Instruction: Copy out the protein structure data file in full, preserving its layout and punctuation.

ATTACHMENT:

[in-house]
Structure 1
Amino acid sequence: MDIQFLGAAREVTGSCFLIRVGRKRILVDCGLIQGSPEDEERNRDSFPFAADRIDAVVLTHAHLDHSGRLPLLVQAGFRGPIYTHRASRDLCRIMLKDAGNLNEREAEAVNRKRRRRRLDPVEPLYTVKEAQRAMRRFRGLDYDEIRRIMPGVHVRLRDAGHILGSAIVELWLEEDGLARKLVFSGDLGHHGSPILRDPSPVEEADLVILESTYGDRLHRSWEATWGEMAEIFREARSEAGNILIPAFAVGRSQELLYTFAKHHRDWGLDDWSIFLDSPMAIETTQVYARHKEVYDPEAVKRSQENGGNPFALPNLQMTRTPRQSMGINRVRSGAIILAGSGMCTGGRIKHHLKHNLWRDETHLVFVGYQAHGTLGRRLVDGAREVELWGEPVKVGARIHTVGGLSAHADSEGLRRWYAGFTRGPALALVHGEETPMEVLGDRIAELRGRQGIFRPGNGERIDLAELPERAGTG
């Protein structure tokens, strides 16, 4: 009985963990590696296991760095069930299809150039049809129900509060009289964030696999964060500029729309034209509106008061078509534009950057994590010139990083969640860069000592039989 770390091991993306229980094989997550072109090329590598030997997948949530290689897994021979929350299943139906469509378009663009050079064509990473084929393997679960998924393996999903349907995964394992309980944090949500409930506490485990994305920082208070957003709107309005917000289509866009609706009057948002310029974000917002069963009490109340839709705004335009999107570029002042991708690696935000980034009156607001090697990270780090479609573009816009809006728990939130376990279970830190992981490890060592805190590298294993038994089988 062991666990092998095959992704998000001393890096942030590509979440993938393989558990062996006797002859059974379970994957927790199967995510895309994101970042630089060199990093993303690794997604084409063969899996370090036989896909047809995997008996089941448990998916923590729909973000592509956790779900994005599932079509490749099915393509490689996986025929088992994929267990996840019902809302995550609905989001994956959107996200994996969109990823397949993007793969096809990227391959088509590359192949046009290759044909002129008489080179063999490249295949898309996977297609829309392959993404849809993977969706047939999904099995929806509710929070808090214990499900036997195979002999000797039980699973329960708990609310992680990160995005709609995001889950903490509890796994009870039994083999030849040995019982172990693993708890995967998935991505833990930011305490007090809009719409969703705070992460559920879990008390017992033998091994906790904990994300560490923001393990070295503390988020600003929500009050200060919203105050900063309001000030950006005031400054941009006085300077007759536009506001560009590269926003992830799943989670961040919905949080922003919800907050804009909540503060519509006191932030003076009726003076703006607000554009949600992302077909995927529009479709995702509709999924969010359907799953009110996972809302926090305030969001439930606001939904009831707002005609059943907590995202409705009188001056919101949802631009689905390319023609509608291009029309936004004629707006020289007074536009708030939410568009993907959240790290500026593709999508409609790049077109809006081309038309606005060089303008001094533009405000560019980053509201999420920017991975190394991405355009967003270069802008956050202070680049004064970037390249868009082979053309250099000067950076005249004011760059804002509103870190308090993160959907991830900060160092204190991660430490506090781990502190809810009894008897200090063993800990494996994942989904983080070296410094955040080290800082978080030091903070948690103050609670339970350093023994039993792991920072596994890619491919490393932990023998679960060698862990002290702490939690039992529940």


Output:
[in-house]
Structure 1
Amino acid sequence: MDIQFLGAAREVTGSCFLIRVGRKRILVDCGLIQGSPEDEERNRDSFPFAADRIDAVVLTHAHLDHSGRLPLLVQAGFRGPIYTHRASRDLCRIMLKDAGNLNEREAEAVNRKRRRRRLDPVEPLYTVKEAQRAMRRFRGLDYDEIRRIMPGVHVRLRDAGHILGSAIVELWLEEDGLARKLVFSGDLGHHGSPILRDPSPVEEADLVILESTYGDRLHRSWEATWGEMAEIFREARSEAGNILIPAFAVGRSQELLYTFAKHHRDWGLDDWSIFLDSPMAIETTQVYARHKEVYDPEAVKRSQENGGNPFALPNLQMTRTPRQSMGINRVRSGAIILAGSGMCTGGRIKHHLKHNLWRDETHLVFVGYQAHGTLGRRLVDGAREVELWGEPVKVGARIHTVGGLSAHADSEGLRRWYAGFTRGPALALVHGEETPMEVLGDRIAELRGRQGIFRPGNGERIDLAELPERAGTG
């Protein structure tokens, strides 16, 4: 009985963990590696296991760095069930299809150039049809129900509060009289964030696999964060500029729309034209509106008061078509534009950057994590010139990083969640860069000592039989 770390091991993306229980094989997550072109090329590598030997997948949530290689897994021979929350299943139906469509378009663009050079064509990473084929393997679960998924393996999903349907995964394992309980944090949500409930506490485990994305920082208070957003709107309005917000289509866009609706009057948002310029974000917002069963009490109340839709705004335009999107570029002042991708690696935000980034009156607001090697990270780090479609573009816009809006728990939130376990279970830190992981490890060592805190590298294993038994089988 062991666990092998095959992704998000001393890096942030590509979440993938393989558990062996006797002859059974379970994957927790199967995510895309994101970042630089060199990093993303690794997604084409063969899996370090036989896909047809995997008996089941448990998916923590729909973000592509956790779900994005599932079509490749099915393509490689996986025929088992994929267990996840019902809302995550609905989001994956959107996200994996969109990823397949993007793969096809990227391959088509590359192949046009290759044909002129008489080179063999490249295949898309996977297609829309392959993404849809993977969706047939999904099995929806509710929070808090214990499900036997195979002999000797039980699973329960708990609310992680990160995005709609995001889950903490509890796994009870039994083999030849040995019982172990693993708890995967998935991505833990930011305490007090809009719409969703705070992460559920879990008390017992033998091994906790904990994300560490923001393990070295503390988020600003929500009050200060919203105050900063309001000030950006005031400054941009006085300077007759536009506001560009590269926003992830799943989670961040919905949080922003919800907050804009909540503060519509006191932030003076009726003076703006607000554009949600992302077909995927529009479709995702509709999924969010359907799953009110996972809302926090305030969001439930606001939904009831707002005609059943907590995202409705009188001056919101949802631009689905390319023609509608291009029309936004004629707006020289007074536009708030939410568009993907959240790290500026593709999508409609790049077109809006081309038309606005060089303008001094533009405000560019980053509201999420920017991975190394991405355009967003270069802008956050202070680049004064970037390249868009082979053309250099000067950076005249004011760059804002509103870190308090993160959907991830900060160092204190991660430490506090781990502190809810009894008897200090063993800990494996994942989904983080070296410094955040080290800082978080030091903070948690103050609670339970350093023994039993792991920072596994890619491919490393932990023998679960060698862990002290702490939690039992529940």